rate pound sterling. As this is very small therefore the regression outcomes cannot be relied upon.

Furthermore, the adjusted R2 (0.509002) is very small and significantly different and less than the

R2. This also means that the sample size taken into consideration is inadequate to draw any conclusion about the true relation between the chosen variables. The p value is 0.012349; this value is less than 0.05. This value of p is the level of significance at which this hypothesis can be rejected. Here the null hypothesis is rejected and that means that pound sterling has a significant influence on the annual growth rate of GDP at factor cost of hospitality industry (p-value= 0.012349). ANNEXURE 51

The influence of GDP growth rate on annual growth rate of GDP at factor cost of hospitality industry is given by the regression equation y=7.045521+ 0.44145x. The hypothesis tested with the regression equation is as follows. H0: b = 0 (no influence of GDP growth rate on annual growth rate of GDP at factor cost of hospitality industry) Ha: b ≠ 0(influence of GDP growth rate on annual growth rate of GDP at factor cost of hospitality industry) The R2 value is 0.033357. This means that 3.33% of the variation in the annual growth rate of GDP at factor cost of the hospitality industry is being explained by the changes in the GDP
growth rate. As this is very small therefore the regression outcomes cannot be relied upon.

Furthermore, the adjusted R2 (-0.08747) is very small and significantly different and less than the R2. This also means that the sample size taken into consideration is inadequate to draw any conclusion about the true relation between the chosen variables. The p value is 0.613539; this value is more than 0.05. This value of p is the level of significance at which this hypothesis can be rejected. Here the null hypothesis is accepted and that means that GDP growth rate has no significant influence on the annual growth rate of GDP at factor cost of hospitality industry (p-value= 0.613539). ANNEXURE 52 The influence of TOURIST ARRIVAL TO INDIA on annual growth rate of GDP at factor cost of hospitality industry is given by the regression equation y=24.15739 - 2.99301x. The hypothesis tested with the regression equation is as follows. H0: b = 0 (no influence of TOURIST ARRIVAL TO INDIA on annual growth rate of GDP at factor cost of hospitality industry)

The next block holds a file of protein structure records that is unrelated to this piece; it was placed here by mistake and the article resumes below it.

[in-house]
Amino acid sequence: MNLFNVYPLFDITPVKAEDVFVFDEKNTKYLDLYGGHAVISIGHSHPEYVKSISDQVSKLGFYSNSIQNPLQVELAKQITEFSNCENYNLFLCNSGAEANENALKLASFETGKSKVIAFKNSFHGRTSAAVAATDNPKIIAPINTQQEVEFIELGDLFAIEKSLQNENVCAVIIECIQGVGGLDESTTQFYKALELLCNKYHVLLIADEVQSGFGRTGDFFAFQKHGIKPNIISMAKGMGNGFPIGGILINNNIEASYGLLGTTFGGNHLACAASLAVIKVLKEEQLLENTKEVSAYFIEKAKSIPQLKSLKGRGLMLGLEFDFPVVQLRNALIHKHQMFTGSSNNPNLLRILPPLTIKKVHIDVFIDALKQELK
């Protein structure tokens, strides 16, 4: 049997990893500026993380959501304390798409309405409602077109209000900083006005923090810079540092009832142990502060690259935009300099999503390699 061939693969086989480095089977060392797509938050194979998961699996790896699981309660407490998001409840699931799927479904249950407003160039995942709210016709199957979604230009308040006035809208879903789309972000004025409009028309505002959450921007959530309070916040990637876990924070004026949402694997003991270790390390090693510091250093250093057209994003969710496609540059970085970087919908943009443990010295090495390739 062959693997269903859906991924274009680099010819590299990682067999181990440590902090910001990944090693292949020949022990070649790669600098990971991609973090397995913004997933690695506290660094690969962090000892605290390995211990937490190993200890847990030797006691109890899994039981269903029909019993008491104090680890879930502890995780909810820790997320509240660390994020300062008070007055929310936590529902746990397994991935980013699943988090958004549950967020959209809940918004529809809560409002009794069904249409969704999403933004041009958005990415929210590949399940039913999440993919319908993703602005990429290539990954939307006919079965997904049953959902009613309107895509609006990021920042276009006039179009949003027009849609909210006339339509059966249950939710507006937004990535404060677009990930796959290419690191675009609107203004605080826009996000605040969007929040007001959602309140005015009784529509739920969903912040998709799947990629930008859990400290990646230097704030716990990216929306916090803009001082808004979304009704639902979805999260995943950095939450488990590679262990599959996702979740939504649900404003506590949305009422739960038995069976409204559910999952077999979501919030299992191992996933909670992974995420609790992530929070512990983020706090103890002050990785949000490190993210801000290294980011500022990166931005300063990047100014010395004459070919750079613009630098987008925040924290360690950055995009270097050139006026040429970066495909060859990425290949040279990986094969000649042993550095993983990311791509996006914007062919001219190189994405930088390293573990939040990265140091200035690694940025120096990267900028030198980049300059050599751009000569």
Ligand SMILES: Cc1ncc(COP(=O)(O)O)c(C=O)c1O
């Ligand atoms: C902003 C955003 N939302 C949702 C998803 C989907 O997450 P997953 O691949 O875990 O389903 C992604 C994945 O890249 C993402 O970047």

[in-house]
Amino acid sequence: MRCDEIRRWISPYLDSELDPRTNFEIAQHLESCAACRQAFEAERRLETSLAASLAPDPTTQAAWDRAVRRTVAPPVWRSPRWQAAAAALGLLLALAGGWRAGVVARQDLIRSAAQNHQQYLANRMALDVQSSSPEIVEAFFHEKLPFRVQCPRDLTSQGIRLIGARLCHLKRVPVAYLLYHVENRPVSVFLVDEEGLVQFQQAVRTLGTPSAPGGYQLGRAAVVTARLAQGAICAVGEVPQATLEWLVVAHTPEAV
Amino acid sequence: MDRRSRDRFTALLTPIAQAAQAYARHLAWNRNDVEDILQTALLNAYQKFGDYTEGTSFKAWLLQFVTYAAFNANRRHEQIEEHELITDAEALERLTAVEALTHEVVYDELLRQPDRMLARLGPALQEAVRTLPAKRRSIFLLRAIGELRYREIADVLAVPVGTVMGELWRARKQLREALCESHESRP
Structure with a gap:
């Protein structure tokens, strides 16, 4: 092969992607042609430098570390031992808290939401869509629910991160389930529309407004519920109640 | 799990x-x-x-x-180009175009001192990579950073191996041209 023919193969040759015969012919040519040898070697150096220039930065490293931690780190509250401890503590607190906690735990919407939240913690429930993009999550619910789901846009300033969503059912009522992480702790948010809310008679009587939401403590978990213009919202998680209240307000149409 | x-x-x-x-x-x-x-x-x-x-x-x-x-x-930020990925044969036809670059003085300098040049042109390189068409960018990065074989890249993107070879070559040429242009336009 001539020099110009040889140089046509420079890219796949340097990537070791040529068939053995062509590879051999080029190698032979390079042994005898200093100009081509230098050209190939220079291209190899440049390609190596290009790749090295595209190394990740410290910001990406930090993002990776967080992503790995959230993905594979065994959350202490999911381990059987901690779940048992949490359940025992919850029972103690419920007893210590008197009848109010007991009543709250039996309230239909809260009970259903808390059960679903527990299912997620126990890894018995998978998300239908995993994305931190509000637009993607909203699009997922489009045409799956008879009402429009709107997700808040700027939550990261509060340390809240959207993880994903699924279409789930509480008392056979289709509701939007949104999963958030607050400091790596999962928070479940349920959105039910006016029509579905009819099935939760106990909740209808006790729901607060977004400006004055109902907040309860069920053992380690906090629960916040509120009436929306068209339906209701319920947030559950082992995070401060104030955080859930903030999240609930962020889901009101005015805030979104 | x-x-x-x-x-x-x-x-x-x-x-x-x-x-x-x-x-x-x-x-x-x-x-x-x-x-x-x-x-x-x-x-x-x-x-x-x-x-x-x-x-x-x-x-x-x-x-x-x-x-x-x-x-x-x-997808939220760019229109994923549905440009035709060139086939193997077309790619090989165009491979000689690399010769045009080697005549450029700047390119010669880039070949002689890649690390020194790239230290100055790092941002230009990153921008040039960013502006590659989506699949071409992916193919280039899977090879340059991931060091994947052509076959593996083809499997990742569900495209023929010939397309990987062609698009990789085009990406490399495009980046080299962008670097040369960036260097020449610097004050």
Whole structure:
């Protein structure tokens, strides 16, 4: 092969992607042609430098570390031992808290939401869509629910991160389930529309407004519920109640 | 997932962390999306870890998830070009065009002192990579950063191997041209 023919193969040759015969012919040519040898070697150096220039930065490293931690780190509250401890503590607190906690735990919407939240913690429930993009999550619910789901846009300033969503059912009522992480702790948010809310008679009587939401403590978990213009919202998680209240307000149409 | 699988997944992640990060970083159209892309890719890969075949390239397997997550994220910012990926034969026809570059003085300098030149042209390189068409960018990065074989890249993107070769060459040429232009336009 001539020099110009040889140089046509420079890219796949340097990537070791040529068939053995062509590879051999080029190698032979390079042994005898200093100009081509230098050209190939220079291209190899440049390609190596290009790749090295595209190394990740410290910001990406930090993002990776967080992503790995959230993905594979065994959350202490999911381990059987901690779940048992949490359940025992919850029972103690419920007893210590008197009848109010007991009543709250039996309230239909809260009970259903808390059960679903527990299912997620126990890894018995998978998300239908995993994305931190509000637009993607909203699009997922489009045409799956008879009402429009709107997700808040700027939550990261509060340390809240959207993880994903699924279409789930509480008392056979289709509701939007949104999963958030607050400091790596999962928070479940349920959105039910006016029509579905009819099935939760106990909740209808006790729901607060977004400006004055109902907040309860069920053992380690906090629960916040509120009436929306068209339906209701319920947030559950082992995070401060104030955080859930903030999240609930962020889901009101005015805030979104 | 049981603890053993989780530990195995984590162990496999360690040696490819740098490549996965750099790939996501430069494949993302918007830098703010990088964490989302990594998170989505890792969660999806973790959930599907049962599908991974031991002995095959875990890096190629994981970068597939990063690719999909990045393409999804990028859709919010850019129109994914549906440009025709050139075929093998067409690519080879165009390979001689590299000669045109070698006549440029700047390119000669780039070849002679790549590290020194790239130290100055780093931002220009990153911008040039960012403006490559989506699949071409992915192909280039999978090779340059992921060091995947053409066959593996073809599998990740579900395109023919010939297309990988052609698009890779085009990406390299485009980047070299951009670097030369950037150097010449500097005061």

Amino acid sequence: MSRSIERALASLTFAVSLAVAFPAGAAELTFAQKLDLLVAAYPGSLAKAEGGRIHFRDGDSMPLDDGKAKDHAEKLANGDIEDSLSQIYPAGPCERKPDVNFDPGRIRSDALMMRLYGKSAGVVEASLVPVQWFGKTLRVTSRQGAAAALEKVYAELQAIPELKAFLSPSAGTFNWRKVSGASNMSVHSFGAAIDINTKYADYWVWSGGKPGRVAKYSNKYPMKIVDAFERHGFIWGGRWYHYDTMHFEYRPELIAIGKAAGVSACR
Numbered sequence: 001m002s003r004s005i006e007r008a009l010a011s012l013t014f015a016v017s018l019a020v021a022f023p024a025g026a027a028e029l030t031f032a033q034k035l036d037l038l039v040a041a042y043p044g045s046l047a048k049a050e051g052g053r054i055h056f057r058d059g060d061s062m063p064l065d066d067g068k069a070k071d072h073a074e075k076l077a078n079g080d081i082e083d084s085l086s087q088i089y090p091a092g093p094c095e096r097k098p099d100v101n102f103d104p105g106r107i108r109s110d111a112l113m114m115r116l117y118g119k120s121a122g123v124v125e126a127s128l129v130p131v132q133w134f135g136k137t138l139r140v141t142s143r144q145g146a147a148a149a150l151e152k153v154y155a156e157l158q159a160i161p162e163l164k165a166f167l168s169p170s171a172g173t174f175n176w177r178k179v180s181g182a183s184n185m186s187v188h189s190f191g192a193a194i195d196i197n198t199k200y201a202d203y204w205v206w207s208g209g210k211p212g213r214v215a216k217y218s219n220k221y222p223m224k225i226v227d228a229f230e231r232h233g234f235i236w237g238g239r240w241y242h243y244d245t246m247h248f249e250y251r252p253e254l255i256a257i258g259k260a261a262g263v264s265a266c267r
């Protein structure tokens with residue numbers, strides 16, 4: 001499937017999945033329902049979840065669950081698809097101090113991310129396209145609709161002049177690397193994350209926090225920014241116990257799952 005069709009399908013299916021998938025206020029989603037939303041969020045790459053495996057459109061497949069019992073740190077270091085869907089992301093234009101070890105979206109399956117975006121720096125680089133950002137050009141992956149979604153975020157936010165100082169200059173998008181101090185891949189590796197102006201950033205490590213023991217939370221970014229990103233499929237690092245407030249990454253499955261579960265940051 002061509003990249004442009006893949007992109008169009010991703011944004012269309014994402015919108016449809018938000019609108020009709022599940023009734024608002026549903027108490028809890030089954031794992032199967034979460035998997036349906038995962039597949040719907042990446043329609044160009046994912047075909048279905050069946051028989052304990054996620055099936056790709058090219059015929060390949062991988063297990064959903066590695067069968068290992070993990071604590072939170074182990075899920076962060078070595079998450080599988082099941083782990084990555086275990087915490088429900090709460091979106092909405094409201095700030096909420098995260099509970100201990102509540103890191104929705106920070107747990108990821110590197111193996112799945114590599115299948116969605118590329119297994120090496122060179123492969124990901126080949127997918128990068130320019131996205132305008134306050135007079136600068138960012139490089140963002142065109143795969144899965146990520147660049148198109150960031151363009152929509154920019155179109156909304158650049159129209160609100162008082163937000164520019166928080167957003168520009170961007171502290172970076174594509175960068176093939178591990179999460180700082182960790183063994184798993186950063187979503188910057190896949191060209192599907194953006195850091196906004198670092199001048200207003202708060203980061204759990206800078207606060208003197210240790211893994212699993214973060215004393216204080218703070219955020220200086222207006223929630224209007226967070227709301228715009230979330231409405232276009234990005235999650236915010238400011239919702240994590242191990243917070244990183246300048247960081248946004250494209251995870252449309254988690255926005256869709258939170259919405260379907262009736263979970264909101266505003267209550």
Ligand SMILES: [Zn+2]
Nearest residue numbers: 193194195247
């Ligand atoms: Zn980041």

Ha: b ≠ 0(influence of TOURIST ARRIVAL TO INDIA on annual growth rate of GDP at factor cost of hospitality industry) The R2 value is 0.177111. This means that 17.71% of the variation in the annual growth rate of GDP at factor cost of the hospitality industry is being explained by the changes in TOURIST
ARRIVAL TO INDIA. As this is very small therefore the regression outcomes cannot be relied

upon. Furthermore, the adjusted R2 (0.039963) is very small and significantly different and less than the R2. This also means that the sample size taken into consideration is inadequate to draw any conclusion about the true relation between the chosen variables. The p value is 0.299134; this value is more than 0.05. This value of p is the level of significance at which this hypothesis can be rejected. Here the null hypothesis is accepted and that means that TOURIST ARRIVAL TO
INDIA has no significant influence on the annual growth rate of GDP at factor cost of

hospitality industry (p-value= 0.299134). ANNEXURE 53 The influence of CAPITAL OUTLAY FOR PROMOTION OF ECO TOURISM IN INDIA on annual growth rate of GDP at factor cost of hospitality industry is given by the regression equation y=9.692648- 0.015926x. The hypothesis tested with the regression equation is as follows. H0: b = 0 (no influence of CAPITAL OUTLAY FOR PROMOTION OF ECO TOURISM IN INDIA on annual growth rate of GDP at factor cost of hospitality industry) Ha: b ≠ 0(influence of CAPITAL OUTLAY FOR PROMOTION OF ECO TOURISM IN INDIA on annual growth rate of GDP at factor cost of hospitality industry) The R2 value is 0.003225. This means that 0.32% of the variation in the annual growth rate of GDP at factor cost of the hospitality industry is being explained by the changes in CAPITAL
OUTLAY FOR PROMOTION OF ECO TOURISM IN INDIA. As this is very small therefore the regression